22. Why low-level skills are invaluable

As someone who creates and organises events for a living, I am used to being an octopus. Not that I’m naturally slimy or lurk in dark places — no, I just end up having a lot of different sort of tasks on my plate. Because to get even a small-scale larp event off the ground, the following skills come into play:

  • Game design (which in itself involves a whole sub-set of skills)
  • Writing (neither characters nor web page texts appear out of thin air)
  • Web design (buying www.coolestlarpever.com isn’t enough)
  • Layout (got a flyer, poster, book, etc? Word doesn’t cut it)
  • Social media (unless you promote somewhere else, of course)
  • Project management (if you’re not the only organiser, naturally)
  • Budgetting (something a surprising number of people dislike)
  • Location scouting (including talking with owners, and so on)
  • Prop building (not mandatory, but often useful)
  • Food (buying it, making it, serving it, cleaning after it)
  • Driving (since most larps aren’t held at your home)
  • Costume making (again, you don’t have to. But it’s cool)
  • Set design (those props have to go somewhere, right?)
  • Public speaking (doing briefings can be downright scary)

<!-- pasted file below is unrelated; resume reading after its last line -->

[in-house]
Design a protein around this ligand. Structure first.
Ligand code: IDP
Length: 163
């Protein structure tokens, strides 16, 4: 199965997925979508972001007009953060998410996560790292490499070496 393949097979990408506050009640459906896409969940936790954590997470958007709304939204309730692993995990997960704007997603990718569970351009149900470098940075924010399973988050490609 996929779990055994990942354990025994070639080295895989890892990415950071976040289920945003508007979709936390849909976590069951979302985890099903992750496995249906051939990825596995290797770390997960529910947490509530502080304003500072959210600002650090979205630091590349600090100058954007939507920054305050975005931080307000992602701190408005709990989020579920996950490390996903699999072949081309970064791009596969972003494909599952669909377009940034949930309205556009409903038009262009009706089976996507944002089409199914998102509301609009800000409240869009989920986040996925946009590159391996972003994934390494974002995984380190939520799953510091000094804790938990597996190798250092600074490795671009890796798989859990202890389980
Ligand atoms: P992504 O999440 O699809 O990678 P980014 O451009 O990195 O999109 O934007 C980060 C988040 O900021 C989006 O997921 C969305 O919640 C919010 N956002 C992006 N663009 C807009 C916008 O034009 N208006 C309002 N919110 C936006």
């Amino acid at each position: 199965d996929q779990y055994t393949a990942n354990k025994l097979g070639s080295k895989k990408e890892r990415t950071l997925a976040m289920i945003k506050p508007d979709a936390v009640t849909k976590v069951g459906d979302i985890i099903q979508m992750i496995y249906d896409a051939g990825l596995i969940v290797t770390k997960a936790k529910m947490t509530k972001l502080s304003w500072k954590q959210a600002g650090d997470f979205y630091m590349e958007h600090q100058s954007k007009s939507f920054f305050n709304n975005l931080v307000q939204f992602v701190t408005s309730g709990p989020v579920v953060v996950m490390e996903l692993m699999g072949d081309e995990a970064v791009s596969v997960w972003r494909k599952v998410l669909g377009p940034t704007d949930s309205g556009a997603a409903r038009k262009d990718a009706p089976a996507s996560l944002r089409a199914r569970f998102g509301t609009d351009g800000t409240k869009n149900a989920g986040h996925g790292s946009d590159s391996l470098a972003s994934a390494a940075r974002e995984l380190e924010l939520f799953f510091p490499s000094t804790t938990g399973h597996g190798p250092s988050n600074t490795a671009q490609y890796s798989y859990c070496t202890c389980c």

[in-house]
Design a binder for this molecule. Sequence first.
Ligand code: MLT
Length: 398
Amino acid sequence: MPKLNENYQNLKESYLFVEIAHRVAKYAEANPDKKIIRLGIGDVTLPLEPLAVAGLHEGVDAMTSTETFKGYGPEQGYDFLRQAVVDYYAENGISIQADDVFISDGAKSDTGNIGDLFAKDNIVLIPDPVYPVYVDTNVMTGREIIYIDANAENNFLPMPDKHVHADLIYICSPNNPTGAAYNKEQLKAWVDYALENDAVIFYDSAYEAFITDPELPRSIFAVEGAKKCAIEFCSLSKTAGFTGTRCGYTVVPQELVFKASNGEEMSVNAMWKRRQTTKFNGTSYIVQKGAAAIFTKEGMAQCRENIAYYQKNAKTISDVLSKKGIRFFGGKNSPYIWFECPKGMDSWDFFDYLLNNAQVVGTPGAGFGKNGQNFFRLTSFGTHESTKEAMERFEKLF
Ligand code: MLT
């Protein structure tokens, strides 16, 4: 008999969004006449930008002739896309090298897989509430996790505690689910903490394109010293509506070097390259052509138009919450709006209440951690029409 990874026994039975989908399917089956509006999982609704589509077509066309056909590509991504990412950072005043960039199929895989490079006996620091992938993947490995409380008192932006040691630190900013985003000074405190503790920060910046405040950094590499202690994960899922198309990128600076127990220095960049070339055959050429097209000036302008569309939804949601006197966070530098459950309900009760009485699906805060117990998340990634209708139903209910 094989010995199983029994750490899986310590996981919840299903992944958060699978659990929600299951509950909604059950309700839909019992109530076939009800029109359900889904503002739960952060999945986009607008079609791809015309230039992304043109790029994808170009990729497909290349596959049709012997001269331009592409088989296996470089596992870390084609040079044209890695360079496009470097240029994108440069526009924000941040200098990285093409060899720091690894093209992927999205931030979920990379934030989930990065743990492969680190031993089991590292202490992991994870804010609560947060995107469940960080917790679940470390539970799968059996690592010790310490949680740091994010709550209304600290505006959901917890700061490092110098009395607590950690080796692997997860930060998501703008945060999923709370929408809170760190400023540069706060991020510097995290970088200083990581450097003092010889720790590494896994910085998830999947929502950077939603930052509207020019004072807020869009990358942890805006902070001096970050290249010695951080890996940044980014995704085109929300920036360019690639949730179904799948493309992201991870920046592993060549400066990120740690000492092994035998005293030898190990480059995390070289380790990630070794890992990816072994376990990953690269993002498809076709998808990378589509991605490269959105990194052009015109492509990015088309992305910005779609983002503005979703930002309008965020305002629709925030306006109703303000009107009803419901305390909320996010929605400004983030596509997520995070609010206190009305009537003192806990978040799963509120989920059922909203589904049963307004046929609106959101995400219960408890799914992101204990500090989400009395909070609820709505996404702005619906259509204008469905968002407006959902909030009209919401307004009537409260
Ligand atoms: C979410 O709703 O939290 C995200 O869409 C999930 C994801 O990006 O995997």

• Carrying stuff (sometimes it’s a LOT of stuff)
  • Volunteer management (since few projects are 100% professional)
  • Photography (for those nifty-looking pictures)
  • Videography (for both trailers and documentation movies)
  • Money management (which is NOT the same as budgetting)
  • Accounting (which isn’t, either)

All this has to be done by someone

That someone doesn’t have to be you. But it can be an enormous pain-in-the-behind if you get to a point where you’re stuck because you’re lacking someone who can edit/write/film/talk, etc. That’s why I’ve found it a huge advantage to have a crazy number of skills at a low level. I also have some at high levels, but most of all there are very few things I can’t do.

So how do you go about getting these skills?

This is — surprisingly — the easy part. There are tons of people out there who want to teach, and there’s a whole internet full of guides, how-tos and collections of tips and tricks for the rookie. Whether it’s text writing (which most of us have done quite a lot during school, so we’re not exactly newbies, to be fair), cooking for 50+ people or organising storage space, there are lots of places to learn. And if asked, many people will gladly help you out.

Director at The College of Extraordinary Experiences, Coach at McKinsey & Founding Partner at The Global Institute For Thought Leadership. Author of 31 books.

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